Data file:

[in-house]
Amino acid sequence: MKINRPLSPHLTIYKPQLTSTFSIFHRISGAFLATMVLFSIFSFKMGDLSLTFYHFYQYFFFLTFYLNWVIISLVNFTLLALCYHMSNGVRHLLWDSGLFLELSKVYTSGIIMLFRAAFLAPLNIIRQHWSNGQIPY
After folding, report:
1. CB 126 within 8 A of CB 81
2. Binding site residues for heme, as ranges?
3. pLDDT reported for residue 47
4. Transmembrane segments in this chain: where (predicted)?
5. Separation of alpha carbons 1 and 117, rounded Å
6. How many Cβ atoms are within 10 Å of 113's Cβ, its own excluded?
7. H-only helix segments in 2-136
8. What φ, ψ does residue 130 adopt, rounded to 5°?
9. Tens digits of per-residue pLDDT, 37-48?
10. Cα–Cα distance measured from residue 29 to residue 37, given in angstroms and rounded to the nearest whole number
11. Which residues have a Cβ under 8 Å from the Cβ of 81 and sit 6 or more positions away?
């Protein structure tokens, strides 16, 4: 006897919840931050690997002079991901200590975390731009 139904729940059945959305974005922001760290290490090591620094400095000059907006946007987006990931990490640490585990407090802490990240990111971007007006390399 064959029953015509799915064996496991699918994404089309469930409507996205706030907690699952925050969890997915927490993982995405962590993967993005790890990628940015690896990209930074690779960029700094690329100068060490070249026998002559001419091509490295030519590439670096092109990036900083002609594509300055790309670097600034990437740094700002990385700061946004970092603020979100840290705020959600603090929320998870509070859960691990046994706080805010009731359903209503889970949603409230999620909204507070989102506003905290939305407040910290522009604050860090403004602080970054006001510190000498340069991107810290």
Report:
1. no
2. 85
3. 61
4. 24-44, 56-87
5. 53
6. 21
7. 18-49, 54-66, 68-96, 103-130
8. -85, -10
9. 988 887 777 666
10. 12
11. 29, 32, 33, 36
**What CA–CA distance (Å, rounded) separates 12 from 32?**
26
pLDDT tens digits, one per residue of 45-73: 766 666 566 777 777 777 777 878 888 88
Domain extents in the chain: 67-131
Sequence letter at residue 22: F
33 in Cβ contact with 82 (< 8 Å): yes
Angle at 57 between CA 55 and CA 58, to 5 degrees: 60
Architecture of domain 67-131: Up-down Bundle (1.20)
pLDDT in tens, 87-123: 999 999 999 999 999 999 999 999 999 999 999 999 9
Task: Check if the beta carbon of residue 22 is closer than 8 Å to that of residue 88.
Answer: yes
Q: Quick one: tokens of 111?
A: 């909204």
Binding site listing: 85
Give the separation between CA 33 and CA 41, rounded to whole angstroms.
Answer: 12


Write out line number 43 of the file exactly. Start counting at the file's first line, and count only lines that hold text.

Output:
Answer: 12